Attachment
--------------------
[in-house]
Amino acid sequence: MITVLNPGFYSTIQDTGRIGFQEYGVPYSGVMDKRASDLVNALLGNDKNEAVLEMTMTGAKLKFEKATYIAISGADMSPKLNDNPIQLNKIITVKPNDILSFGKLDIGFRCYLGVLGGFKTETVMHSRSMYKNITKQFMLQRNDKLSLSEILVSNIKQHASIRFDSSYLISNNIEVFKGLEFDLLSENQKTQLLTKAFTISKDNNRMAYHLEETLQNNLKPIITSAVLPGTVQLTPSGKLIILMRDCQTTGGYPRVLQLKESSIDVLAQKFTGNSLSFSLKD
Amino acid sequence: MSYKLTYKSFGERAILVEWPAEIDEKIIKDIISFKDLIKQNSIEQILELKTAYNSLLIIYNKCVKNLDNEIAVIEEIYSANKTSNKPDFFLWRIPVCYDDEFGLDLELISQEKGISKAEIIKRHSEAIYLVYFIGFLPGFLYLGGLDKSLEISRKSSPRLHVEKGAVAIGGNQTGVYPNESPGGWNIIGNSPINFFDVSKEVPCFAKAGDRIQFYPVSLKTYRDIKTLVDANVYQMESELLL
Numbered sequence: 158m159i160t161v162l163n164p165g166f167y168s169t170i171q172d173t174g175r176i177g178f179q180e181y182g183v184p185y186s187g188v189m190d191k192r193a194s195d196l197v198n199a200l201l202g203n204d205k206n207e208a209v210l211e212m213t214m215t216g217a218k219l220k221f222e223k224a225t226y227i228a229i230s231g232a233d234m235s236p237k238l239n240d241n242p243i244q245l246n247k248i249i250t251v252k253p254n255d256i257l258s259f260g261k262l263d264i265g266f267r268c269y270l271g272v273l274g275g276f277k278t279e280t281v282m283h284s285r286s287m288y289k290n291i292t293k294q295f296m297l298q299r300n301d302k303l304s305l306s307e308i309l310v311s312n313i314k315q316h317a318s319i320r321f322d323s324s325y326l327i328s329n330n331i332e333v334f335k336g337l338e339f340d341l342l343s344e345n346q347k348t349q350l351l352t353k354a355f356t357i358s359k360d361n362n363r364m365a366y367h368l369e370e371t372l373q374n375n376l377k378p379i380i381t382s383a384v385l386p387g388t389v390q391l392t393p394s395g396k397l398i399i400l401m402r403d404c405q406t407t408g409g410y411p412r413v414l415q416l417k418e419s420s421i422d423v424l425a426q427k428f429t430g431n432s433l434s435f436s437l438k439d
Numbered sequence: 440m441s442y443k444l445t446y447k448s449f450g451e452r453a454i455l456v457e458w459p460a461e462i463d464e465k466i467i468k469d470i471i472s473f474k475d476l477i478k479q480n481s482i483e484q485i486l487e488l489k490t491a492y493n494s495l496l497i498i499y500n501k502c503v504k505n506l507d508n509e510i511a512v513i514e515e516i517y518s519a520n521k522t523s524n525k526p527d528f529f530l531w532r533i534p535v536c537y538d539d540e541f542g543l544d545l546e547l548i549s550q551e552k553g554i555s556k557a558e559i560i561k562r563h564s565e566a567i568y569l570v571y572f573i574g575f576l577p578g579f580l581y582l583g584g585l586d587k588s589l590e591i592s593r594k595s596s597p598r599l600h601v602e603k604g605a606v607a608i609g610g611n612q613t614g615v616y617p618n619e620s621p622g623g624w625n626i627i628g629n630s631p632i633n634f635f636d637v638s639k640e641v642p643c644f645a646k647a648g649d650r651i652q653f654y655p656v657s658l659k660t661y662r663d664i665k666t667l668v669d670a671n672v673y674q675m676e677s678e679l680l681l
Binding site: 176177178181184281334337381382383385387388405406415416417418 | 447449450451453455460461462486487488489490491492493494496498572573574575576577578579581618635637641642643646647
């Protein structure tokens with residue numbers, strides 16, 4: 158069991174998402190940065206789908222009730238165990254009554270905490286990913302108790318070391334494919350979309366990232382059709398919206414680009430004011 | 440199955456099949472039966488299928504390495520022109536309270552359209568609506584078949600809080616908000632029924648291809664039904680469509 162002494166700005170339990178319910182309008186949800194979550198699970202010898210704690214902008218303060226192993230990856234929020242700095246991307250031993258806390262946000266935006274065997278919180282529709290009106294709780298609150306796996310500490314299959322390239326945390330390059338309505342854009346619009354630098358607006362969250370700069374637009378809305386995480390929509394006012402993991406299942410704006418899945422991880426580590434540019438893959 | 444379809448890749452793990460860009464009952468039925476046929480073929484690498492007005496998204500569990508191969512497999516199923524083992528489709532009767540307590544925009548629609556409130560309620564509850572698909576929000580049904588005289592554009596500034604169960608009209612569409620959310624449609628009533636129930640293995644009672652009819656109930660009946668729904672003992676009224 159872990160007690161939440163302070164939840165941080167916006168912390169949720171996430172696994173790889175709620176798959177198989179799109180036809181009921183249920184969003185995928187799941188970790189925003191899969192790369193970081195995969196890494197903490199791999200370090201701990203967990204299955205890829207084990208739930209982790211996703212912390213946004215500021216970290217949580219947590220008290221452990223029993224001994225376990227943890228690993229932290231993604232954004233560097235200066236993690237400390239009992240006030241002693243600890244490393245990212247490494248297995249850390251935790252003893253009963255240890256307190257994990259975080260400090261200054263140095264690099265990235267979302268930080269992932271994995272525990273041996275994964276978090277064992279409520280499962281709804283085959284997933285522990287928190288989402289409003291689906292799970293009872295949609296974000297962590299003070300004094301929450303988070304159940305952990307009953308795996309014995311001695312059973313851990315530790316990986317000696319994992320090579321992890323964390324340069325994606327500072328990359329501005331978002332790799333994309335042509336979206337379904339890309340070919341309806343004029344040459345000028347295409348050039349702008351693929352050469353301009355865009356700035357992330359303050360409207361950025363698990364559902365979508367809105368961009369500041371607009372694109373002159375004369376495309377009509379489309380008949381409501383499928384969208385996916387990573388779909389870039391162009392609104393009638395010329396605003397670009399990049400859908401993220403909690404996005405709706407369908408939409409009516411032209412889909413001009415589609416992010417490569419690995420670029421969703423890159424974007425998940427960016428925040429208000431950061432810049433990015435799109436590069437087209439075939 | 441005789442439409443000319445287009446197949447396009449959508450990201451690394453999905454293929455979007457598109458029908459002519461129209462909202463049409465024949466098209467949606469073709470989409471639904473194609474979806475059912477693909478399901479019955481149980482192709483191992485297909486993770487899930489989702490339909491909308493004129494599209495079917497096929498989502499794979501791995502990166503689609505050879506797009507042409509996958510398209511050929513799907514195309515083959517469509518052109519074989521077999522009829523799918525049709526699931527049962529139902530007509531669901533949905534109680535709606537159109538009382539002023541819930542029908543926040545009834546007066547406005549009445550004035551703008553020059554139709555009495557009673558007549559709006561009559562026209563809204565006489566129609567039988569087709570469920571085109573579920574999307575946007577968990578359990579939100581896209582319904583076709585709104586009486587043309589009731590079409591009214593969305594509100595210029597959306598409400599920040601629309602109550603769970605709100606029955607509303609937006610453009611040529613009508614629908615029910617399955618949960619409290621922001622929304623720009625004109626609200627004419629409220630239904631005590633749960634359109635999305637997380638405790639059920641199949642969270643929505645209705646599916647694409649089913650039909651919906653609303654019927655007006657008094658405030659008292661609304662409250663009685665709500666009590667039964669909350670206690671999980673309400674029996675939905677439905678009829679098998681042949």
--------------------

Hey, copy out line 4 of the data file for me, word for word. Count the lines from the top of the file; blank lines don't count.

Numbered sequence: 158m159i160t161v162l163n164p165g166f167y168s169t170i171q172d173t174g175r176i177g178f179q180e181y182g183v184p185y186s187g188v189m190d191k192r193a194s195d196l197v198n199a200l201l202g203n204d205k206n207e208a209v210l211e212m213t214m215t216g217a218k219l220k221f222e223k224a225t226y227i228a229i230s231g232a233d234m235s236p237k238l239n240d241n242p243i244q245l246n247k248i249i250t251v252k253p254n255d256i257l258s259f260g261k262l263d264i265g266f267r268c269y270l271g272v273l274g275g276f277k278t279e280t281v282m283h284s285r286s287m288y289k290n291i292t293k294q295f296m297l298q299r300n301d302k303l304s305l306s307e308i309l310v311s312n313i314k315q316h317a318s319i320r321f322d323s324s325y326l327i328s329n330n331i332e333v334f335k336g337l338e339f340d341l342l343s344e345n346q347k348t349q350l351l352t353k354a355f356t357i358s359k360d361n362n363r364m365a366y367h368l369e370e371t372l373q374n375n376l377k378p379i380i381t382s383a384v385l386p387g388t389v390q391l392t393p394s395g396k397l398i399i400l401m402r403d404c405q406t407t408g409g410y411p412r413v414l415q416l417k418e419s420s421i422d423v424l425a426q427k428f429t430g431n432s433l434s435f436s437l438k439d